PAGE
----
Memphis, Tennessee: Two weeks later with the new cord attached, we left on a fourteen day trip out west and even though my wife was excited about finally getting to wear her fancy new helmet, she insisted on taking her guaranteed comfortable open face along just in case the new lid needed a little break in time.. Good thing too because the new headset went silent before we had covered fifty miles. So we hauled the Shoei all the way to the Grand Canyon and back, some 3,700 miles. Every time we unpacked and re-packed the trailer, we had to unload and reload that stupid helmet. I was sick of looking at it and verbally abused the thing at every opportunity. Back at home, after exchanging several e-mails with J&M, the helmet was boxed up and once again flown across country, this time to Arizona.

J&M turned the helmet around in record time and finally, the Shoei was taken out on its maiden voyage almost nine months to the day since we bought it in St. Louis. And even though it’s not as quiet as she envisioned, she says it was still worth the money and trouble if for no other reason than her peace of mind. Well, I would hope so after all the energy expended to get that danged thing on her head.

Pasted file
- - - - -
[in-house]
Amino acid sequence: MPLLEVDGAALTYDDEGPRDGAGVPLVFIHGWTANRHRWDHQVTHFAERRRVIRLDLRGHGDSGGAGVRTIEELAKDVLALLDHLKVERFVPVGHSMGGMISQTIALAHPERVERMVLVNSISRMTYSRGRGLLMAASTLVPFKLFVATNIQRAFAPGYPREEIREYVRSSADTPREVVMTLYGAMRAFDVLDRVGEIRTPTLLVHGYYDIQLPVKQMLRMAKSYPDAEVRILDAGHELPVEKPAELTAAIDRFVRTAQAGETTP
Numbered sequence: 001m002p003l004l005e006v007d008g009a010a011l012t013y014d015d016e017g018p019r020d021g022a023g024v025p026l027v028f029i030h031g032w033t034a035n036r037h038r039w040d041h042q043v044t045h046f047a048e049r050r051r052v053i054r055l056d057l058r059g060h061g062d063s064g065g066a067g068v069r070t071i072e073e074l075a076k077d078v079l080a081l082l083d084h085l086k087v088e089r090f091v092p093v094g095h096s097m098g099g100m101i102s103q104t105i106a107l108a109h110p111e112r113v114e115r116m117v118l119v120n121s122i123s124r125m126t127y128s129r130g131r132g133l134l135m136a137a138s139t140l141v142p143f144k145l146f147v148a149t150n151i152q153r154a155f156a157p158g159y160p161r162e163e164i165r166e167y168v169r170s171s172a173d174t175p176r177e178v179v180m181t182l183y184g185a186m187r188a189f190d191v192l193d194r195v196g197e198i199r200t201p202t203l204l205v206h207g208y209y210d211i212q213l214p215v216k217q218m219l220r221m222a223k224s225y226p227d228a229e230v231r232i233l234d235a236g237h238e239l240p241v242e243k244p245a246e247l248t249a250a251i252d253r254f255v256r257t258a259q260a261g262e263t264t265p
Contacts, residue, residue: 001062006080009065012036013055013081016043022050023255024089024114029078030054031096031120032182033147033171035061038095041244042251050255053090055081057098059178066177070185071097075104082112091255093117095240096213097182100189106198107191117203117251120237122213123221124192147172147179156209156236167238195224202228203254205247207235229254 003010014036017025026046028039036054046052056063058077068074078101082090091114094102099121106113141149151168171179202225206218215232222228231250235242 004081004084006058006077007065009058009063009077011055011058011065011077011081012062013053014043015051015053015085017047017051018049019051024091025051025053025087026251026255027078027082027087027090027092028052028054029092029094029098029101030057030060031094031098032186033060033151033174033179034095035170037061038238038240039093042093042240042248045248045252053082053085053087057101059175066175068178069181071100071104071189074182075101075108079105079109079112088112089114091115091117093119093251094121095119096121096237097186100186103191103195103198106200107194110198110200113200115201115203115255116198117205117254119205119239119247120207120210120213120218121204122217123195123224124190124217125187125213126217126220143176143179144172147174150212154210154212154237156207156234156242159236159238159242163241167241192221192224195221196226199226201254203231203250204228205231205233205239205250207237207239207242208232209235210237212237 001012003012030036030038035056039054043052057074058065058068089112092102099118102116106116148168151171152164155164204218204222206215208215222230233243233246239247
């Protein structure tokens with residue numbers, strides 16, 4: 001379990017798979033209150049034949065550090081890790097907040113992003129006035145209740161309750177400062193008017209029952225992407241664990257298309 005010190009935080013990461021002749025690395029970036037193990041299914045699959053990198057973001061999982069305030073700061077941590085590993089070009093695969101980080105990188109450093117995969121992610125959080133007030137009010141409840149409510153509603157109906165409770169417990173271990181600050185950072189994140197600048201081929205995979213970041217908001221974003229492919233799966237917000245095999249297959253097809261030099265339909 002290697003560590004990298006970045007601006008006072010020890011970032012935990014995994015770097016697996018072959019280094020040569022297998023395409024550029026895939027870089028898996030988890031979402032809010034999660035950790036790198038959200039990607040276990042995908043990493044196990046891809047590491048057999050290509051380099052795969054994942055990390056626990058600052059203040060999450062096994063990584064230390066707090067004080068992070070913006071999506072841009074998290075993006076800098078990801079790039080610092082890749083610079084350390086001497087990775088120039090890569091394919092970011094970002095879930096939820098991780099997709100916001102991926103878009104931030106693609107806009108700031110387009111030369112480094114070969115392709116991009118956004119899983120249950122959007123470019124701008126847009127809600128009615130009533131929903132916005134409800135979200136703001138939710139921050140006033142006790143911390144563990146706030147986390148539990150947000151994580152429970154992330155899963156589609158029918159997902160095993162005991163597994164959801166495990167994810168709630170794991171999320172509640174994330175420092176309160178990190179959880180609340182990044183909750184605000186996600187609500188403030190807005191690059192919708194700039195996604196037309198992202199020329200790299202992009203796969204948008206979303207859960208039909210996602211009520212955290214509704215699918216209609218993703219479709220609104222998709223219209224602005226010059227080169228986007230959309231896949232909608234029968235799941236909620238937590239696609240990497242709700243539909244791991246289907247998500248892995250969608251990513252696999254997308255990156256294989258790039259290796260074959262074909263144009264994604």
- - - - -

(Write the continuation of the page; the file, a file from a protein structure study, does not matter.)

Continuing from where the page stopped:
Think about it. From Japan to Memphis, Memphis to Michigan, Michigan back to Memphis, Memphis to Knoxville, Knoxville to Memphis, Memphis to Arizona, Arizona to Memphis, Memphis to Tucson and finally Tucson to Memphis. The new Shoei had traveled some fourteen thousand miles and never been worn. It crossed the Pacific Ocean, survived all three hundred and eleven curves at Deal’s Gap, ambled down Front Street in Dodge City, outran a Kansas Thunderstorm, crossed the suspension bridge at Royal Gorge, circled the Colorado Monument, visited the Grand Canyon, the Painted Desert and followed John Wayne’s footsteps from one end of Monument Valley to the other. Wears me out just thinking about it. But Mama’s happy now and when Mama’s happy, everybody’s happy.

Happy Motoring.